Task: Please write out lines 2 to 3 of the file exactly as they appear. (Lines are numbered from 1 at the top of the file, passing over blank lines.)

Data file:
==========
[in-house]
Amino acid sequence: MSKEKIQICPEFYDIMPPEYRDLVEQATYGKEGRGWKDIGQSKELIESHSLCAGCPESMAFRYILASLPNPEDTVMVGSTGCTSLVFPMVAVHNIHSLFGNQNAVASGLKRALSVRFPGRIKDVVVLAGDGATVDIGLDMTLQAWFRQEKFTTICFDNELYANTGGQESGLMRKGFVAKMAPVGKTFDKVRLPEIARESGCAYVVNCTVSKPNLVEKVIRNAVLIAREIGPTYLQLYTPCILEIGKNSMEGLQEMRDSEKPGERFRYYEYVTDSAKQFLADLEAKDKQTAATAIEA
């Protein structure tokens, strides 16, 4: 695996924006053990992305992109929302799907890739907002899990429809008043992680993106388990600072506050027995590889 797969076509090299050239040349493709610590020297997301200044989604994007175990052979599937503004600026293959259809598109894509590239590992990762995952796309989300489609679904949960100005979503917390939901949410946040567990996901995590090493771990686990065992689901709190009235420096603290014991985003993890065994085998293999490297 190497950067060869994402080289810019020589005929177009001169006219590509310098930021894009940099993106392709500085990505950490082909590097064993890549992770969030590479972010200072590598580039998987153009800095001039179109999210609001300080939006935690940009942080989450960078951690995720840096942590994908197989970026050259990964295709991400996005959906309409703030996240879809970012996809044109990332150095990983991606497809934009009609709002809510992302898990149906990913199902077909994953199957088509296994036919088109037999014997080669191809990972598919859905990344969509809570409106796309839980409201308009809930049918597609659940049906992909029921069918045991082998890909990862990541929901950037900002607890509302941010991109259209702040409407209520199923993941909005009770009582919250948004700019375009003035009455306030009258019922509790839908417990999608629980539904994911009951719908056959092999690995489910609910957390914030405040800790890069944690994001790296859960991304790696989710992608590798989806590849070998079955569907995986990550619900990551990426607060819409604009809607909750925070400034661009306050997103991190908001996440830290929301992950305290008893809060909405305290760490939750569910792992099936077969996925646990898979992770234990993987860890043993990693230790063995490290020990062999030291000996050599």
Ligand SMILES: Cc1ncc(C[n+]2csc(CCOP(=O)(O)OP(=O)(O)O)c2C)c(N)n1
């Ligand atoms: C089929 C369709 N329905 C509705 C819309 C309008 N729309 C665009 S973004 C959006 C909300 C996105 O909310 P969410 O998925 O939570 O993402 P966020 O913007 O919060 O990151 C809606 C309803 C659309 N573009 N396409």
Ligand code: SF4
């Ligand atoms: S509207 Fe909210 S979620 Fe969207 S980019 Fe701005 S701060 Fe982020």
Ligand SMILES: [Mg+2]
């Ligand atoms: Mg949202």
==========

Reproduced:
Amino acid sequence: MSKEKIQICPEFYDIMPPEYRDLVEQATYGKEGRGWKDIGQSKELIESHSLCAGCPESMAFRYILASLPNPEDTVMVGSTGCTSLVFPMVAVHNIHSLFGNQNAVASGLKRALSVRFPGRIKDVVVLAGDGATVDIGLDMTLQAWFRQEKFTTICFDNELYANTGGQESGLMRKGFVAKMAPVGKTFDKVRLPEIARESGCAYVVNCTVSKPNLVEKVIRNAVLIAREIGPTYLQLYTPCILEIGKNSMEGLQEMRDSEKPGERFRYYEYVTDSAKQFLADLEAKDKQTAATAIEA
């Protein structure tokens, strides 16, 4: 695996924006053990992305992109929302799907890739907002899990429809008043992680993106388990600072506050027995590889 797969076509090299050239040349493709610590020297997301200044989604994007175990052979599937503004600026293959259809598109894509590239590992990762995952796309989300489609679904949960100005979503917390939901949410946040567990996901995590090493771990686990065992689901709190009235420096603290014991985003993890065994085998293999490297 190497950067060869994402080289810019020589005929177009001169006219590509310098930021894009940099993106392709500085990505950490082909590097064993890549992770969030590479972010200072590598580039998987153009800095001039179109999210609001300080939006935690940009942080989450960078951690995720840096942590994908197989970026050259990964295709991400996005959906309409703030996240879809970012996809044109990332150095990983991606497809934009009609709002809510992302898990149906990913199902077909994953199957088509296994036919088109037999014997080669191809990972598919859905990344969509809570409106796309839980409201308009809930049918597609659940049906992909029921069918045991082998890909990862990541929901950037900002607890509302941010991109259209702040409407209520199923993941909005009770009582919250948004700019375009003035009455306030009258019922509790839908417990999608629980539904994911009951719908056959092999690995489910609910957390914030405040800790890069944690994001790296859960991304790696989710992608590798989806590849070998079955569907995986990550619900990551990426607060819409604009809607909750925070400034661009306050997103991190908001996440830290929301992950305290008893809060909405305290760490939750569910792992099936077969996925646990898979992770234990993987860890043993990693230790063995490290020990062999030291000996050599």